Internet-Draft OAuth 2.0 Client Discovery November 2022
Looker & Sivasamy Expires 12 May 2023 [Page]
OAuth Working Group
Intended Status:
T. Looker
K. Sivasamy

OAuth 2.0 Client Discovery


This specification defines a mechanism for an authorization server to obtain the metadata of a client, including its endpoint locations and capabilities without the need for a registration process.

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Table of Contents

1. Introduction

In the traditional OAuth 2.0 model [RFC6749], the authorization server (AS) registers and assigns an identifier to a client through a registration process, during which the authorization server records certain characteristics about the client, commonly known as its metadata.

This requirement for registration greatly reduces how dynamic the relationship between a client and authorization server can be. For instance, a client that is updating the capabilities it supports must update its registration(s) with affected authorization servers for this change to be recognized. This requirement also affects deployments that feature many clients and authorization servers whereby requiring the client to be registered with and maintain this registration with an authorization server is costly.

To enable a more dynamic relationship between a client and an authorization server, dynamic client registration via [RFC7591] was introduced. This model allows a client to register dynamically with a supporting authorization server by sending a registration request. Although this mechanism does provide some benefits it also introduces new operational challenges for both the client and AS. For instance clients that interface with many authorization servers are burdened with having to manage a client identifier per authorization server and in some cases forced to re-register the same client instance multiple times due to local storage limitations. Furthermore, protecting the authorization servers registration endpoint forces other design tradeoffs, typically either the authorization server enforces some form of authentication (e.g a "registration_token") for registration requests, which is often problematic for public clients to manage/obtain. Or the authorization server permits any registration request and has to mitigate potential spam/malicious registration requests via some other mechanism.

Instead of requiring a registration process, this specification describes a model where a client identifies itself to the authorization server with its client_uri, which can be resolved to its metadata in a similar way to how an authorization server makes its metadata available to a client via [RFC8414].

The metadata for a client is retrieved from a .well-known location as a JSON [RFC8259] document, which declares its endpoint locations and client capabilities, this process is described in Obtaining Client Metadata (Section 3). Once the client metadata is retrieved and processed by the authorization server, the client can interact with the authorization server like any other client.

This specification defines a new request parameter 'client_discovery' to indicate that the interacting client has no prior registration with the authorization server and instead has resolvable metadata that describes its endpoint locations and capabilities.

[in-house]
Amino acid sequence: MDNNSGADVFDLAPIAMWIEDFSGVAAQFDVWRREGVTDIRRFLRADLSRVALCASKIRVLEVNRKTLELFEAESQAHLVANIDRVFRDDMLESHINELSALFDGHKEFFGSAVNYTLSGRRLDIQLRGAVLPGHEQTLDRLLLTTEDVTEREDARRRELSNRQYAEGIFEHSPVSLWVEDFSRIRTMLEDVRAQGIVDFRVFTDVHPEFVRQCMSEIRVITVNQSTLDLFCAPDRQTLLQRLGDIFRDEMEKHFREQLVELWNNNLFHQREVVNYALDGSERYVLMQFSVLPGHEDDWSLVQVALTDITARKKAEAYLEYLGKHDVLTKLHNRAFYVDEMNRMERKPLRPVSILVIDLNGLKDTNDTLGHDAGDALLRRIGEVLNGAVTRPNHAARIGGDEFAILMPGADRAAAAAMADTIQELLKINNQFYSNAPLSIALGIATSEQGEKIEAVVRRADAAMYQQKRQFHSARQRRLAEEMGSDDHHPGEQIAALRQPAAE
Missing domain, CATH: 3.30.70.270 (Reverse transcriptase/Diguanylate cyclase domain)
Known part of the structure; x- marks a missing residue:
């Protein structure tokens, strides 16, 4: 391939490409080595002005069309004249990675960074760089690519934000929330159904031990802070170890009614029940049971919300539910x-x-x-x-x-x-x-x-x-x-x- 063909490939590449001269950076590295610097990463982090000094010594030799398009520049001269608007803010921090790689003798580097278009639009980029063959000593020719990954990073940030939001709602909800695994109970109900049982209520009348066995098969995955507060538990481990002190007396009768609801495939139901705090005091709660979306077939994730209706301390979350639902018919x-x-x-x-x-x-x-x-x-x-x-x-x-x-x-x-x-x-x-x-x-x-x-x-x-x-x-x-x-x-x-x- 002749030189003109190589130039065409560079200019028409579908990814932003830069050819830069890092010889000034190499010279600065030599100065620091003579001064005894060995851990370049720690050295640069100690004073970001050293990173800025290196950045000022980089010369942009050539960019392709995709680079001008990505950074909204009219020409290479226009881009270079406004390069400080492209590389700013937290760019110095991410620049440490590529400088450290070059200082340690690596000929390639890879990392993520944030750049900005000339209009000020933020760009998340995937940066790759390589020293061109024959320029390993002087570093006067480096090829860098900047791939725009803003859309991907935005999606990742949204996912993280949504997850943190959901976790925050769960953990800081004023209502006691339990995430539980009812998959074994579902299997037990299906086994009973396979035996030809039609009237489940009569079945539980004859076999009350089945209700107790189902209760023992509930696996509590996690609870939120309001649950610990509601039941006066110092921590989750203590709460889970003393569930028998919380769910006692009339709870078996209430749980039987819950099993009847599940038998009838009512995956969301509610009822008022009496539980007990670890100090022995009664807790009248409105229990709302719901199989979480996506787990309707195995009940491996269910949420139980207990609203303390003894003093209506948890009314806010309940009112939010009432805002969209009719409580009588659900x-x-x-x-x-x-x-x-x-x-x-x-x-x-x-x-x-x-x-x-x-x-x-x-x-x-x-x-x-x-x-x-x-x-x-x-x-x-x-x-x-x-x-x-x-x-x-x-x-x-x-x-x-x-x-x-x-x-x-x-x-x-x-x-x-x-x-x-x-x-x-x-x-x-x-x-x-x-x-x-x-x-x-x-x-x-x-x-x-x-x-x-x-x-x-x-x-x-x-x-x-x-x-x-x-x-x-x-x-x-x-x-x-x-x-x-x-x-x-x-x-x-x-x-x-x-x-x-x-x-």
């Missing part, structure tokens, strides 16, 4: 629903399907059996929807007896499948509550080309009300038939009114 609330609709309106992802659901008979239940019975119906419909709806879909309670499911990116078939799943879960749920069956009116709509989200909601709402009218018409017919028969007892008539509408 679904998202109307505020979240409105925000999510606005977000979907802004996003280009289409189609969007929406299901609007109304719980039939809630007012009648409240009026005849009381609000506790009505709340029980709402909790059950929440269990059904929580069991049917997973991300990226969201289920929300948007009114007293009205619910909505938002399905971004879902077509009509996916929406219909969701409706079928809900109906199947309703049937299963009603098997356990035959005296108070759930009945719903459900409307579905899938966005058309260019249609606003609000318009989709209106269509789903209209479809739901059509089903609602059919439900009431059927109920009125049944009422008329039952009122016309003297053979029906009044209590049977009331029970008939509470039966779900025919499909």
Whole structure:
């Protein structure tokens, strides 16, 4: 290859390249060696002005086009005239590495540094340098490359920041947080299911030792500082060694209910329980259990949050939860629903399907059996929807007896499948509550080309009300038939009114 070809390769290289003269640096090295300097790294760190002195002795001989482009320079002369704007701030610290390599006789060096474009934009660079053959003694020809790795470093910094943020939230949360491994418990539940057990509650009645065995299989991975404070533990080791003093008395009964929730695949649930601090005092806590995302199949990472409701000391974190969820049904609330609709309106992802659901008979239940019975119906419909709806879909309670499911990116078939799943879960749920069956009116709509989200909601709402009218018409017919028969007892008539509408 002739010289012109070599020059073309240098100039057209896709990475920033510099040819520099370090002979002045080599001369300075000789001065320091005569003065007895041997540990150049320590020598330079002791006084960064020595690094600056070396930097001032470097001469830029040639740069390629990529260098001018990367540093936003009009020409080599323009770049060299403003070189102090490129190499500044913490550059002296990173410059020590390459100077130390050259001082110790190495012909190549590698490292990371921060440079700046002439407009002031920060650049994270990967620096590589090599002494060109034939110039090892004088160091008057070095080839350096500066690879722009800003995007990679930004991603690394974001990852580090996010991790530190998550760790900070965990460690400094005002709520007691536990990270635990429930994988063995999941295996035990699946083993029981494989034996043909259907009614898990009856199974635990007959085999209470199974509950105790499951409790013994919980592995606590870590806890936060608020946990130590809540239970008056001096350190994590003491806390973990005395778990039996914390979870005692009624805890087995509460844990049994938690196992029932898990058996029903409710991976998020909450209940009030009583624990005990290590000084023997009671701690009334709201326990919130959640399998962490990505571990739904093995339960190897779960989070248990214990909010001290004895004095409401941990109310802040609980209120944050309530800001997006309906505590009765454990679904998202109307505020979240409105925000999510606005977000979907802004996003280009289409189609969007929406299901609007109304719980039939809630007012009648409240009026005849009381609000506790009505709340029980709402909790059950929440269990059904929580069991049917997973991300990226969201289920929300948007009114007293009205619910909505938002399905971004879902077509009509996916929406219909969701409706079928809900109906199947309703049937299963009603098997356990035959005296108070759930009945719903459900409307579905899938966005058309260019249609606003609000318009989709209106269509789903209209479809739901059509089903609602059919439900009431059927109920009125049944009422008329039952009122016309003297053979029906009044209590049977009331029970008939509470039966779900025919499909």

This specification uses the metadata elements defined in the client registration specification [RFC7591] and no additional metadata fields or formats are defined in this specification.

1.1. Conventions and Terminology

The key words "MUST", "MUST NOT", "REQUIRED", "SHALL", "SHALL NOT", "SHOULD", "SHOULD NOT", "RECOMMENDED", "NOT RECOMMENDED", "MAY", and "OPTIONAL" in this document are to be interpreted as described in BCP 14 [RFC2119] [RFC8174] when, and only when, they appear in all capitals, as shown here.

This specification uses the terms "access token", "refresh token", "authorization server", "resource server", "authorization endpoint", "authorization request", "authorization response", "token endpoint", "grant type", "access token request", "access token response", "client", "public client", and "confidential client" defined by The OAuth 2.0 Authorization Framework [RFC6749].

The terms "request", "response", "header field", and "target URI" are imported from [RFC9110].

2. Client Metadata

Clients can have metadata described in their configuration. Examples of existing registered metadata fields that a client can make use of can be found at the OAuth 2.0 dynamic client registration metadata IANA registry [RFC 7591].

The client's published metadata MUST include the client_uri field as defined in section 2 of RFC7591 [RFC7591]. The value of this field MUST be a URI as defined in RFC3986 [RFC3986] with a scheme component that MUST be https, a host component, and optionally, port and path components and no query or fragment components. Additionally, host names MUST be domain names and MUST NOT be IPv4 or IPv6 addresses.

3. Obtaining Client Metadata

A Client supporting metadata discovery MUST make a JSON document containing metadata as specified in RFC7591 [RFC7591] available at a path formed by inserting a well-known URI string into the client_uri between the host component and the path component, if any. By default, the well-known URI string used is "/.well-known/oauth-client". This path MUST use the "https" scheme. The syntax and semantics of ".well-known" are defined in RFC 5785 [RFC5785]. The well-known URI suffix used MUST be registered in the IANA "Well-Known URIs" registry.

Different clients utilizing OAuth 2.0 in application-specific ways may define and register different well-known URI suffixes used to publish client metadata as used by those applications, for example using a well-known URI string such as "/.well-known/example-configuration". Alternatively, many such clients will use the default well-known URI string "/.well-known/oauth-client", which is the right choice for general-purpose OAuth 2.0 applications.